Gerard: Right, he’s talking about people doing drugs, smoking dope, watching porn, and he’s like, those are temporal things. Things of this world.

Rail: Yes, here it is in the book. “Paul says, for men like me, all things are lawful—but are they beneficial? I don’t get freaked out about people swearing, having dope, watching porn, and whatever, because those are temporal things—things of this world. It’s: how do you act? How do you feel? How do you really feel about people? That’s what you have to fix: how you really feel about people.”

Gerard: Yes, G.W. is an incredible human, as an example of humanity. I was thinking a lot about faith, and how it carries us though hardship or hinders our ability to advance sometimes. Within that is an interest in eternity and how do we transcend our temporal bodies and how do we transcend death. Like in “Rabbit,” I was asking the question of what’s the point of love if we’re all just going to die. That’s a really blunt way to put it. But it’s true. It’s the truth.

Throughout the book, I’m looking at religion and this idea that there’s an eternal plane and there’s potential for eternal life, especially in New Thought (NT). They literally believe that you can meditate your way out of death. Pray your way out of your body. I don’t know if this quote actually ended up in the book, but my dad would say for a long time, “I don’t intend to die. I want to become the Body of Light”—which is an NT way of talking about Jesus and their idea that Jesus overcame, he transcended, death. He literally became a body of light.

Rail: When your father decided he didn’t want to be part of NT anymore, was he hoping for perfection?

Gerard: Yeah, I think they were. In NT, there really is a belief that you can affirm and deny away all examples of error on the mortal plane. Error being death or sin or sickness.

Rail: You write about how NT influenced you and your family, and, even our language—as in saying “they made a transition,” not “they died.” It made me aware of the ownership of my use of language. I questioned whether the words I used unconsciously weren’t chosen by me, but integrated into popular use by a spiritual movement.

Gerard: The NT movement really is fascinating. I didn’t know ’til I started doing this research that it was politically linked to the women’s movement. Cool, right! Even Elizabeth Cady Stanton was peripherally part of that world. Susan B. Anthony too. There’s so much in that movement. It’s mostly petered out now. But NT was a large movement for a long time.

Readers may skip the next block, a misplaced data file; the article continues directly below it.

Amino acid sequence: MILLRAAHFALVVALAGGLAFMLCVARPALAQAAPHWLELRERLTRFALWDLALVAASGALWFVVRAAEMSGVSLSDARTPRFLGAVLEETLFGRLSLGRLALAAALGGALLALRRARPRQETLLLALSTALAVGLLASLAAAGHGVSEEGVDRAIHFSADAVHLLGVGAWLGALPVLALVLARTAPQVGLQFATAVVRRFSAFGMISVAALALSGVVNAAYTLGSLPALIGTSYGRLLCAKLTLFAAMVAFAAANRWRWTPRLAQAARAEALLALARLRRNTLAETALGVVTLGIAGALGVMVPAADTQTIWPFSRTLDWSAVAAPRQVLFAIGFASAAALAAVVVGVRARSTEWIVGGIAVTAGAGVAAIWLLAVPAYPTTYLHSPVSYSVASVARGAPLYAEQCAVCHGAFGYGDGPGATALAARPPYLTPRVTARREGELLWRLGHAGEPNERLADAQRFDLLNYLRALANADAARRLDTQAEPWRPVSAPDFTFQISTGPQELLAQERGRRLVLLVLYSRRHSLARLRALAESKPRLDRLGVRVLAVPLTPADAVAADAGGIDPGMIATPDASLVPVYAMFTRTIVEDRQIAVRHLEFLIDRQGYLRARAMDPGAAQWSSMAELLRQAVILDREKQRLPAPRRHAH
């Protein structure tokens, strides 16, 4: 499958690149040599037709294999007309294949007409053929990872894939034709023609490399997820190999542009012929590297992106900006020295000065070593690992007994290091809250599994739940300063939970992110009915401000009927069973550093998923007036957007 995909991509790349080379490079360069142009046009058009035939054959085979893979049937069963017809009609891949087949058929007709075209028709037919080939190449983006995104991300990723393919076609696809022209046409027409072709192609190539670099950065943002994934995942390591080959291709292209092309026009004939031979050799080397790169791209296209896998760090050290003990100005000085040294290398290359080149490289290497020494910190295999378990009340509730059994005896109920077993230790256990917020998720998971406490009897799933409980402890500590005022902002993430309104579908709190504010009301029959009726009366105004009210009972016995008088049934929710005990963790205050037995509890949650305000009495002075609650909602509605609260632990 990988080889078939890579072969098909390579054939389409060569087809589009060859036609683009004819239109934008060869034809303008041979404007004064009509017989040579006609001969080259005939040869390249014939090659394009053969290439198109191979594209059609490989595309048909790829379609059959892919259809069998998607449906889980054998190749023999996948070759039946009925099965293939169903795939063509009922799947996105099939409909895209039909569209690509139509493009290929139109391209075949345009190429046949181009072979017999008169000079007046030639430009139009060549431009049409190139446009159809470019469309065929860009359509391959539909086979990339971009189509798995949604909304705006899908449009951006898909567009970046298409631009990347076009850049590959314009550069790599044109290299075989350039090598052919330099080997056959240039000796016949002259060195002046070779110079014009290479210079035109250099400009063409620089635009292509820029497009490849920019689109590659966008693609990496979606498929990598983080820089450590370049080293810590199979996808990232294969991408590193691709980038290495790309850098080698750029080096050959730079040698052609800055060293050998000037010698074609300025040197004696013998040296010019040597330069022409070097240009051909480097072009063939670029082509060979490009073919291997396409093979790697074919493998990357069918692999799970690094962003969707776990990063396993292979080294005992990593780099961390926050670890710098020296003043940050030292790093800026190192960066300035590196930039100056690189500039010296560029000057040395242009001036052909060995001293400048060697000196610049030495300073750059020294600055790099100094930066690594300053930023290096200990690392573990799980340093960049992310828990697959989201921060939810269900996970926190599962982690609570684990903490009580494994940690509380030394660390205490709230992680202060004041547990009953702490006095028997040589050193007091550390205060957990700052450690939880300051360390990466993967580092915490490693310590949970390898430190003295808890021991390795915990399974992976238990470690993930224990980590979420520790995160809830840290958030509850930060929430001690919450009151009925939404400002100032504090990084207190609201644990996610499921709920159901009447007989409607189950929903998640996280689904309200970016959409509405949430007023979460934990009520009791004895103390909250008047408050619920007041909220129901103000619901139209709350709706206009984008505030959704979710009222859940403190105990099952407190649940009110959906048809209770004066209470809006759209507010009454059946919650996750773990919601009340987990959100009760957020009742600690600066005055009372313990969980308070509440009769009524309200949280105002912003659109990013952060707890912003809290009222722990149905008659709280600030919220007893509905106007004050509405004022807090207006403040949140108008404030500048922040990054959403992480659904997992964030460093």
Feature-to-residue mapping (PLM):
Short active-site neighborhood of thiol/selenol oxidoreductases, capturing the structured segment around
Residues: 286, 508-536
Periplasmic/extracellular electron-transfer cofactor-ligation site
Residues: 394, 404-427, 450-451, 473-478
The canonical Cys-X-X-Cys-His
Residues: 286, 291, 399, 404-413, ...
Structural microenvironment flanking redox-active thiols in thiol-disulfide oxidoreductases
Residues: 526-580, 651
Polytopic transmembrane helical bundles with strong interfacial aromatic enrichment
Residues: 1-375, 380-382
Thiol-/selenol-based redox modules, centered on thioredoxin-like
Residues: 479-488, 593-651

Rail: It also interwove itself into other organizations.

Gerard: Yes! Look into the history of Alcoholics Anonymous, and Swedenborgianism. Many of the origins of NT happened in the Midwest, but a lot of it happened in the U.K. There’s so much that can be written about it. And the way that its shaped—well, it’s a symbiotic relationship—the way that it shaped American ideas of positivity as the cult of positivity, and the confusion of negativity.

Rail: Your book is dedicated to “Mother-Father.” Was that a reference to your essay, “Mother-Father God” or a spiritual belief you still hold?

Gerard: The dedication, Mother-Father? I just dedicated it to my parents. A tip of the hat.

It was definitely echoing that essay. And besides giving a nod to my parents, who figured in largely in this book. I figured it was the least I could do. Dedicate the book to them. They’re so much a part of it. Because I dedicated my first book to my ex-husband. So, my parents were next in line. [Laughter.]

Rail: Oh, how kind of you.

Gerard: Well he wasn’t my ex- at the time.

Rail: That might be even kinder? [Laughter.] You write about your husband in the book. You’re not together now.

Gerard: No.

Rail: I’m sorry.

Gerard: That happens.

Rail: May I ask if he’s O.K.? You mention his cancer.

Gerard: He’s fine now. He’s not going to die of cancer. It’s one of the most curable kinds. So he’ll be fine.

Rail: You use the word “religion,” but the book is so spiritual. How do you see this?

Gerard: Florida is in the southern states… And Florida is a very religious place. Some came from the characters that I was following, for instance, G.W. He’s a minister and his work is an expression of his system of belief. He’s non-denominational. But he’s a very religious person, in the fact that he’s an ordained minister. I was curious about how his belief would lead him to behave in the world. How his beliefs direct him. My parents too. How they used religion to change their lives or change their mind. How that later fed into their decision to join Amway (“Going Diamond”), which was a very cultish, heavily religious corporation, even as it claims to be voluntarily religiously associated. Participation in Sunday services at the functions that they hold periodically are voluntary but—

Rail: It’s a social pressure?

Gerard: They make it available, but they also suggest that you should go. Built into the philosophy of the company is the idea that people get rich because they are blessed by God. Rich DeVos (Amway’s co-founder) says God has given me this money to do as I deem fit.

Rail: That sense of responsibility to a bestowed obligation echoes throughout the essays. G.W. says, “To me, hell is squandering my abilities.” The characters seem to feel they are destined to fulfill a gift given to them individually.

Gerard: Even G.W. relates this mid-life changing dream/hallucination that he had while he was undergoing lung surgery, and he says it was as if God had sent him a message. “God told me I’m not done here, yet, I’m not done with you yet.” That led him to a religious life where he had never really been religious before. G.W. had always been interested in religion but he says, “I hate dogma.” In general, I was interested in what it means to believe something is true and the lengths we go to act on our belief, even if our beliefs are obviously wrong to any bystander. Look at Ralph, in “Sunshine State,” for example.